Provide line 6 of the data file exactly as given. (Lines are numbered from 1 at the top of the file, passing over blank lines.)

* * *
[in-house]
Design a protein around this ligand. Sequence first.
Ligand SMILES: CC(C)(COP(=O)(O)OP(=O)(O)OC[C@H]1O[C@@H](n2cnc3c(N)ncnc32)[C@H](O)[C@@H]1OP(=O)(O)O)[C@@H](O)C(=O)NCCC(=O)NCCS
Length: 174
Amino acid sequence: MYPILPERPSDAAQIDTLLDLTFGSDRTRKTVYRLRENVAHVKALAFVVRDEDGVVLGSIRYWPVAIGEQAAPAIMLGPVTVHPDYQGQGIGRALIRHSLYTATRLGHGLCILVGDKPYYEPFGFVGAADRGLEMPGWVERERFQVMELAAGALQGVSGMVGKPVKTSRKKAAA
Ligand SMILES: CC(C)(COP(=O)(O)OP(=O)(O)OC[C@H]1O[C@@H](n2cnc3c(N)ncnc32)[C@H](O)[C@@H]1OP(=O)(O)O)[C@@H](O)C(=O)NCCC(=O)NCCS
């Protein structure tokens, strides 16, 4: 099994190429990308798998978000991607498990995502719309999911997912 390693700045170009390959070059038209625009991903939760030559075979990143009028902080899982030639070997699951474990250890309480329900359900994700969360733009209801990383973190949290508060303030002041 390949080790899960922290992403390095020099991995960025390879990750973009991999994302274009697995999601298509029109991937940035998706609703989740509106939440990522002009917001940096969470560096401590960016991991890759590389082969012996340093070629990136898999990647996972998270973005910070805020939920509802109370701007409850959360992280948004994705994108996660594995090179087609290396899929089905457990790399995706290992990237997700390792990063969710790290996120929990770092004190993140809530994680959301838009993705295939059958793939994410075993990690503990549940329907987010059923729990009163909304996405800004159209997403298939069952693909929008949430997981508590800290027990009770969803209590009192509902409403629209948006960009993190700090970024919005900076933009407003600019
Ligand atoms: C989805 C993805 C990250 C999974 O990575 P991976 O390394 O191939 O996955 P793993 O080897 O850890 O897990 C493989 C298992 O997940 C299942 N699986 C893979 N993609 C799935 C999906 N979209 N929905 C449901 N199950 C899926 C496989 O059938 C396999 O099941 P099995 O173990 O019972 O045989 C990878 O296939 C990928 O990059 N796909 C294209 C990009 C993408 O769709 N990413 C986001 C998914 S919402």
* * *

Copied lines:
Ligand SMILES: CC(C)(COP(=O)(O)OP(=O)(O)OC[C@H]1O[C@@H](n2cnc3c(N)ncnc32)[C@H](O)[C@@H]1OP(=O)(O)O)[C@@H](O)C(=O)NCCC(=O)NCCS